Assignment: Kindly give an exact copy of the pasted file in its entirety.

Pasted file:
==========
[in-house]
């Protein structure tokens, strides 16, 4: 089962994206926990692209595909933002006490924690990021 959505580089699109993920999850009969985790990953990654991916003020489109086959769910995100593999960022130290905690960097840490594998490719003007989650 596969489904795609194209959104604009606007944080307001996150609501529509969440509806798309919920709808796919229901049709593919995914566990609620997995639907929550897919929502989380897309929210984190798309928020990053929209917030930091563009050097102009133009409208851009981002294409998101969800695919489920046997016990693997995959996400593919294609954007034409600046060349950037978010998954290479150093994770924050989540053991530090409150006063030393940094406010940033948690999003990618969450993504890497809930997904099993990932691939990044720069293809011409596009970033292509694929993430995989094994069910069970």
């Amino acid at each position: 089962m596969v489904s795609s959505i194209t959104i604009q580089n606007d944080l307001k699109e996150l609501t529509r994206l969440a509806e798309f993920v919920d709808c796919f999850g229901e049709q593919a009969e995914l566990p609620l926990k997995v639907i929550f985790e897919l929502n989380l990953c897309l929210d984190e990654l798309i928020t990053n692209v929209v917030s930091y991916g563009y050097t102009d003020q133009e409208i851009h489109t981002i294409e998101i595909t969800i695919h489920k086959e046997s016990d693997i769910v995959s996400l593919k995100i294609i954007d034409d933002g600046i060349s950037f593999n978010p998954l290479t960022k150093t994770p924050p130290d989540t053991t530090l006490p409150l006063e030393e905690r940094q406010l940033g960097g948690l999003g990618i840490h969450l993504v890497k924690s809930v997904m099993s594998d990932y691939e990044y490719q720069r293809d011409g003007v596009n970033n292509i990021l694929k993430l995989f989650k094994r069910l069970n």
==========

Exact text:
[in-house]
């Protein structure tokens, strides 16, 4: 089962994206926990692209595909933002006490924690990021 959505580089699109993920999850009969985790990953990654991916003020489109086959769910995100593999960022130290905690960097840490594998490719003007989650 596969489904795609194209959104604009606007944080307001996150609501529509969440509806798309919920709808796919229901049709593919995914566990609620997995639907929550897919929502989380897309929210984190798309928020990053929209917030930091563009050097102009133009409208851009981002294409998101969800695919489920046997016990693997995959996400593919294609954007034409600046060349950037978010998954290479150093994770924050989540053991530090409150006063030393940094406010940033948690999003990618969450993504890497809930997904099993990932691939990044720069293809011409596009970033292509694929993430995989094994069910069970």
């Amino acid at each position: 089962m596969v489904s795609s959505i194209t959104i604009q580089n606007d944080l307001k699109e996150l609501t529509r994206l969440a509806e798309f993920v919920d709808c796919f999850g229901e049709q593919a009969e995914l566990p609620l926990k997995v639907i929550f985790e897919l929502n989380l990953c897309l929210d984190e990654l798309i928020t990053n692209v929209v917030s930091y991916g563009y050097t102009d003020q133009e409208i851009h489109t981002i294409e998101i595909t969800i695919h489920k086959e046997s016990d693997i769910v995959s996400l593919k995100i294609i954007d034409d933002g600046i060349s950037f593999n978010p998954l290479t960022k150093t994770p924050p130290d989540t053991t530090l006490p409150l006063e030393e905690r940094q406010l940033g960097g948690l999003g990618i840490h969450l993504v890497k924690s809930v997904m099993s594998d990932y691939e990044y490719q720069r293809d011409g003007v596009n970033n292509i990021l694929k993430l995989f989650k094994r069910l069970n």